Boynton Beach, Florida, mosque was defaced with racist and Islamophobic graffiti

Source: Twitter
Source: Twitter

A mosque in Boynton Beach, Florida, was vandalized with racial and anti-Muslim epithets in black spray paint on Wednesday.

The entrance of the sign of the Alamin Center was defaced with "Fuck Islam" and "Fuck ISIS."  The Palm Beach County sheriff's office is currently investigating the crime and has not yet responded to Mic's request for comment.

This anti-Muslim incident occurred only three days after Islamophobic remarks were written on the door of a dorm belonging to two Muslim students at Brown College at the University of Virginia, according to the Cavalier Daily. "Terrorist" was written on their door in lead pencil.

Targeted attacks against mosques have quadrupled from 2014 to 2015. In fact, according to the Council of American Islamic Relations, 2016 is on track to being one of the worst years for anti-mosque incidents. As of mid-September 2016, excluding threats and protests, there were about 55 reported anti-mosque incidents. To put that number in perspective, there were a total of 79 reported anti-mosque incidents for the whole year of 2015. In 2014, there were only 20 reported incidents.

This incident in Florida is another example of the plight and alienation Muslim Americans face. Wilfredo Amr Ruiz, CAIR-Florida spokesman, alluded that the xenophobia in this presidential election has been "fueling" these anti-Muslim incidents.

"Our community continues to suffer from an increase in hate crimes and hate incidents," Ruiz said in a statement, according to local ABC affiliate WPLG. "We still have fresh in our memories the recent hate crime committed at the Islamic Center of Fort Pierce that was attacked by an arsonist."

"The hate speech and rhetoric that has come along this presidential campaign is fueling these type of crimes that endanger not only the Muslim community, but the Florida community in general," Ruiz added.

How likely are you to make Mic your go-to news source?

Sarah A. Harvard

Sarah is a staff writer covering religion, race and politics. Her work has appeared in The Guardian, The Atlantic, Slate, The Huffington Post, TeenVogue, and VICE. Send tips and feedback: sharvard@mic.com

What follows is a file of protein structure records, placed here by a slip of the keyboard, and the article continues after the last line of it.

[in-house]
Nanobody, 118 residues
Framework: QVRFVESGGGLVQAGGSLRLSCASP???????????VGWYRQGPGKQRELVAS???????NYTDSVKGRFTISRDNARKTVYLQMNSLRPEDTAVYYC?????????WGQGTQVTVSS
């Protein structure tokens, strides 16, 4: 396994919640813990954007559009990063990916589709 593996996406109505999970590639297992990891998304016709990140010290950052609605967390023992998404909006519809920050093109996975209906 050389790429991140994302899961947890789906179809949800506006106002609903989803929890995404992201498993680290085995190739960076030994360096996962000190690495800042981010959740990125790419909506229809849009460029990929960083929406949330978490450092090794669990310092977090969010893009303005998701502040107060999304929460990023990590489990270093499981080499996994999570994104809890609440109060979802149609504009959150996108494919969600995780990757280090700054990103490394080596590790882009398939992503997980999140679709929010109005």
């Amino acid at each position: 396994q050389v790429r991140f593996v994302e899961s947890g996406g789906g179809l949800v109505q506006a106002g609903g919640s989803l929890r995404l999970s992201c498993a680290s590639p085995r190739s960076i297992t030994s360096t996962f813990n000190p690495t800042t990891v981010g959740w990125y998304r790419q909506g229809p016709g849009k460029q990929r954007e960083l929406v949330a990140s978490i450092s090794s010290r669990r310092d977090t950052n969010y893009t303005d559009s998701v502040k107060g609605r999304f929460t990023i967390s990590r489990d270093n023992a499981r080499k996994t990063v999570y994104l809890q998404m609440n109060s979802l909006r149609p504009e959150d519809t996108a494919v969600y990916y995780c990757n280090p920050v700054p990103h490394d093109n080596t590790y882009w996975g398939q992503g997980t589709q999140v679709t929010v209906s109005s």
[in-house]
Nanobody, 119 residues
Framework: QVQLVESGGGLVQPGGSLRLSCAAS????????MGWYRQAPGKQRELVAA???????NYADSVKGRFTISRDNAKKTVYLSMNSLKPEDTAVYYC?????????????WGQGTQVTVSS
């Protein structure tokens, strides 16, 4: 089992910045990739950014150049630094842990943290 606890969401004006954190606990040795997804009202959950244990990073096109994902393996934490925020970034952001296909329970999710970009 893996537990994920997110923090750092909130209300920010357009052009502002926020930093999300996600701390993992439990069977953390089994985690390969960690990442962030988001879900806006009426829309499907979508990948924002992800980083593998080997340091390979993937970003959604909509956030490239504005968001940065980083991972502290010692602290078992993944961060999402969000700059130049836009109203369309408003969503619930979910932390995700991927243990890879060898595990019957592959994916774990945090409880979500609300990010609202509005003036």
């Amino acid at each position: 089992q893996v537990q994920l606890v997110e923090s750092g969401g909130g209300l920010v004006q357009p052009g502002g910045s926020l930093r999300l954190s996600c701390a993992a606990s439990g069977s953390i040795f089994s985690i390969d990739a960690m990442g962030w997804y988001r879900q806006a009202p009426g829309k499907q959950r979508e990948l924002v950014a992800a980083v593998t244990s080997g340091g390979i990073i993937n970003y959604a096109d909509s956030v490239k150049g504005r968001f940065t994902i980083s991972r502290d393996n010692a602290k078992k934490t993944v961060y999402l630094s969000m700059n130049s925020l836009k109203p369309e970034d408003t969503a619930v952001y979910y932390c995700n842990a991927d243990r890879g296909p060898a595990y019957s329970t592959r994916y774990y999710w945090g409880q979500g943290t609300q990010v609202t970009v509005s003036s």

MORE FROM

Charleena Lyles was a "powerful lady" — until she faced Seattle's flawed criminal justice system

Like Charleena Lyles, women who experience mental health instabilities have been more likely than men to encounter a criminal justice system that is ill-equipped to treat them.

NFL players donate $20,000 to youth football team that was punished for national anthem protest

"We wanted to make sure that we sent those kids the message that it's OK to stand up for what you believe in," Malcolm Jenkins said.

10 things you might have recently missed in the movement for social justice

From Charleena Lyles and Nabra Hassanen to acquittals and vigils, the last few days haven't been easy to keep up with.

Judge declares mistrial in retrial of officer who fatally shot Samuel DuBose

The jury spent five days deliberating Ray Tensing's fate.

University of Missouri to revoke Bill Cosby's honorary degree

The president of Mizzou said Cosby's actions were not in line with the university's core beliefs.

The Movement for Black Lives responds to recent claims of a fractured coalition

"We make no assumptions that everyone and everything within our movement is perfect — far from it," organizers said.

Charleena Lyles was a "powerful lady" — until she faced Seattle's flawed criminal justice system

Like Charleena Lyles, women who experience mental health instabilities have been more likely than men to encounter a criminal justice system that is ill-equipped to treat them.

NFL players donate $20,000 to youth football team that was punished for national anthem protest

"We wanted to make sure that we sent those kids the message that it's OK to stand up for what you believe in," Malcolm Jenkins said.

10 things you might have recently missed in the movement for social justice

From Charleena Lyles and Nabra Hassanen to acquittals and vigils, the last few days haven't been easy to keep up with.

Judge declares mistrial in retrial of officer who fatally shot Samuel DuBose

The jury spent five days deliberating Ray Tensing's fate.

University of Missouri to revoke Bill Cosby's honorary degree

The president of Mizzou said Cosby's actions were not in line with the university's core beliefs.

The Movement for Black Lives responds to recent claims of a fractured coalition

"We make no assumptions that everyone and everything within our movement is perfect — far from it," organizers said.